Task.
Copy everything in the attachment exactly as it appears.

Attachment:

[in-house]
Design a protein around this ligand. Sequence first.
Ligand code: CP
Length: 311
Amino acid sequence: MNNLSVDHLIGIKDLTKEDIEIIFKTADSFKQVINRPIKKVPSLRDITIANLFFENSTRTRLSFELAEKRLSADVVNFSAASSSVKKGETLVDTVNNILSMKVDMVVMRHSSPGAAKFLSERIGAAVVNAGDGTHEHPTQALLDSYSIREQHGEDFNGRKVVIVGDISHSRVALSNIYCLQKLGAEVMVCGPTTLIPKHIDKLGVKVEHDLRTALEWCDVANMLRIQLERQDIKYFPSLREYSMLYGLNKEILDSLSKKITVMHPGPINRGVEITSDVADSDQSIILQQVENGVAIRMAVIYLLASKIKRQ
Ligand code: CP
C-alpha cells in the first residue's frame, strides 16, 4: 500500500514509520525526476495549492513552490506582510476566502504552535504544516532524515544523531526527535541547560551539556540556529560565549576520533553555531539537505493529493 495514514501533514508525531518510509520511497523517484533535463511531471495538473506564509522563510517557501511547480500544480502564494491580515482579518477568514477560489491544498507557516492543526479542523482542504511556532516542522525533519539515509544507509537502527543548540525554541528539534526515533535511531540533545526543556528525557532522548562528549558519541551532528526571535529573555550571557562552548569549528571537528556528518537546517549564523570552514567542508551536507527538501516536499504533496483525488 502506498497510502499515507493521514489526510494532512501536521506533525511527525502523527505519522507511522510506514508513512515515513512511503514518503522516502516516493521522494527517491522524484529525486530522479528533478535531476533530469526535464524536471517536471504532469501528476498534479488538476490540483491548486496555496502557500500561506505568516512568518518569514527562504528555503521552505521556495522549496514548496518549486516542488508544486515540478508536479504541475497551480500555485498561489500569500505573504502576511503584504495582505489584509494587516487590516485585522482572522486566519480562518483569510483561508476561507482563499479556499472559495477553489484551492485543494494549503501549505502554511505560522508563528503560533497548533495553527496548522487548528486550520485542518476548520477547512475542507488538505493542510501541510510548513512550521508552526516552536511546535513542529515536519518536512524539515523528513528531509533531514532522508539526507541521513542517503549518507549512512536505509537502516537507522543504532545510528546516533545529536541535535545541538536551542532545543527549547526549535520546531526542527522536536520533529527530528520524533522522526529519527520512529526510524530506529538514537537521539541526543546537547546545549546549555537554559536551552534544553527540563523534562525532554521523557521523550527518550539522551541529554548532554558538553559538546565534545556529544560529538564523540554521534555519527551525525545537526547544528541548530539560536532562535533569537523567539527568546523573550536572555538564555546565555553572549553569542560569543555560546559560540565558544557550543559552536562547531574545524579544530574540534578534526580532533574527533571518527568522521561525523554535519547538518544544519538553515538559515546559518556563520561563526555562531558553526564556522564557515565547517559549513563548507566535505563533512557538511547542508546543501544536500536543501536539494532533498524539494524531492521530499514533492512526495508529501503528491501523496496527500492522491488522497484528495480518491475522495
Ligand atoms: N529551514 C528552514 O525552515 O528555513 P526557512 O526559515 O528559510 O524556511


[in-house]
Design a protein around this ligand. Sequence first.
Ligand code: CP
Length: 311
Amino acid sequence: MNNLSVDHLIGIKDLTKEDIEIIFKTADSFKQVINRPIKKVPSLRDITIANLFFENSTRTRLSFELAEKRLSADVVNFSAASSSVKKGETLVDTVNNILSMKVDMVVMRHSSPGAAKFLSERIGAAVVNAGDGTHEHPTQALLDSYSIREQHGEDFNGRKVVIVGDISHSRVALSNIYCLQKLGAEVMVCGPTTLIPKHIDKLGVKVEHDLRTALEWCDVANMLRIQLERQDIKYFPSLREYSMLYGLNKEILDSLSKKITVMHPGPINRGVEITSDVADSDQSIILQQVENGVAIRMAVIYLLASKIKRQ
Ligand code: CP
C-alpha cells in the first residue's frame, strides 16, 4: 500500500514509520525526476495549492513552490506582510476566502504552535504544516532524515544523531526527535541547560551539556540556529560565549576520533553555531539537505493529493 495514514501533514508525531518510509520511497523517484533535463511531471495538473506564509522563510517557501511547480500544480502564494491580515482579518477568514477560489491544498507557516492543526479542523482542504511556532516542522525533519539515509544507509537502527543548540525554541528539534526515533535511531540533545526543556528525557532522548562528549558519541551532528526571535529573555550571557562552548569549528571537528556528518537546517549564523570552514567542508551536507527538501516536499504533496483525488 502506498497510502499515507493521514489526510494532512501536521506533525511527525502523527505519522507511522510506514508513512515515513512511503514518503522516502516516493521522494527517491522524484529525486530522479528533478535531476533530469526535464524536471517536471504532469501528476498534479488538476490540483491548486496555496502557500500561506505568516512568518518569514527562504528555503521552505521556495522549496514548496518549486516542488508544486515540478508536479504541475497551480500555485498561489500569500505573504502576511503584504495582505489584509494587516487590516485585522482572522486566519480562518483569510483561508476561507482563499479556499472559495477553489484551492485543494494549503501549505502554511505560522508563528503560533497548533495553527496548522487548528486550520485542518476548520477547512475542507488538505493542510501541510510548513512550521508552526516552536511546535513542529515536519518536512524539515523528513528531509533531514532522508539526507541521513542517503549518507549512512536505509537502516537507522543504532545510528546516533545529536541535535545541538536551542532545543527549547526549535520546531526542527522536536520533529527530528520524533522522526529519527520512529526510524530506529538514537537521539541526543546537547546545549546549555537554559536551552534544553527540563523534562525532554521523557521523550527518550539522551541529554548532554558538553559538546565534545556529544560529538564523540554521534555519527551525525545537526547544528541548530539560536532562535533569537523567539527568546523573550536572555538564555546565555553572549553569542560569543555560546559560540565558544557550543559552536562547531574545524579544530574540534578534526580532533574527533571518527568522521561525523554535519547538518544544519538553515538559515546559518556563520561563526555562531558553526564556522564557515565547517559549513563548507566535505563533512557538511547542508546543501544536500536543501536539494532533498524539494524531492521530499514533492512526495508529501503528491501523496496527500492522491488522497484528495480518491475522495
Ligand atoms: N529551514 C528552514 O525552515 O528555513 P526557512 O526559515 O528559510 O524556511